There’s a bit of psychological preparation necessary and intrinsic to flying, at least since the G.W. Bush years of 9/11/2001. This is how my experience played out on April 11, 2012 with the friendly Airport Security citizens in Fargo’s Hector Airport. Typically a passenger approaches the nylon cattle gates and begins to mentally cycle through exactly which order they ought to temporarily remove the necessary items and elements from their persons. Keep smiling, folks, keep smiling.
Now remove your bracelets and rings and necklaces and cell phones, rip that belt off your pants, then shoes (Thoughts of “Hurry! Untie those damn shoes because a line is building behind you and you’re holding the whole damn show up!!!” rattle through the brain and smiles remain on the surface), wallet (there goes my identity), pens in your pocket, keys (whoops — security just inherited another small Swiss Army tool of mine, once again), change, watch (if for some reason you’re still wearing one), and then take the laptop computer out of your briefcase and, if you prepped ahead of time, remove the ziplock baggie full of gels and liquids (toothpaste, contact solution, deodorant) that you remembered to purchase the night prior at a Target or an Über-Walmart. Then you get (you don’t “have to” if you want to fly) to be instructed through the latest in technology, the ProVision ATD. It’s basically pretty sweet. My only critique would be to design a monitor for the person being scanned to watch as well. The same monitor that the Airport People get (or have to) look at. Step into the cylinder and throw your hands in the air so the two vertical batons can swoop around your front and back and sides. Whoosh, whoosh. “You’re free to step this way, sir.” Nice, they called me “sir” — automatic knighthood (Quixotic Romanticism still in our 21st-century lexicon).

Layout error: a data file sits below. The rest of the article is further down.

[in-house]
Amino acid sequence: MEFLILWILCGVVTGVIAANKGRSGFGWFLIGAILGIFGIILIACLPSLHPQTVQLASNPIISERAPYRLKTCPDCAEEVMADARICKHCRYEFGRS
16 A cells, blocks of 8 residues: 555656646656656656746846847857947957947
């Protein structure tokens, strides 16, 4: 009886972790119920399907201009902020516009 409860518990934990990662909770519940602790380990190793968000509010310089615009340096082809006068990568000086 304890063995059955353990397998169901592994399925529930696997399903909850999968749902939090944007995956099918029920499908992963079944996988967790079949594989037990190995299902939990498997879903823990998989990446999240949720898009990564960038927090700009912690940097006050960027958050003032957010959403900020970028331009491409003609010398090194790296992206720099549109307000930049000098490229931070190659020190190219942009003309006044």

May 16th, 2012 at 1:17 am
[…] to be in a hurry and get where they need to get. A confluence of human energy shuttled through the check-in lines and security, all preparing to board planes that take them to different regions, different parts of the nation, […]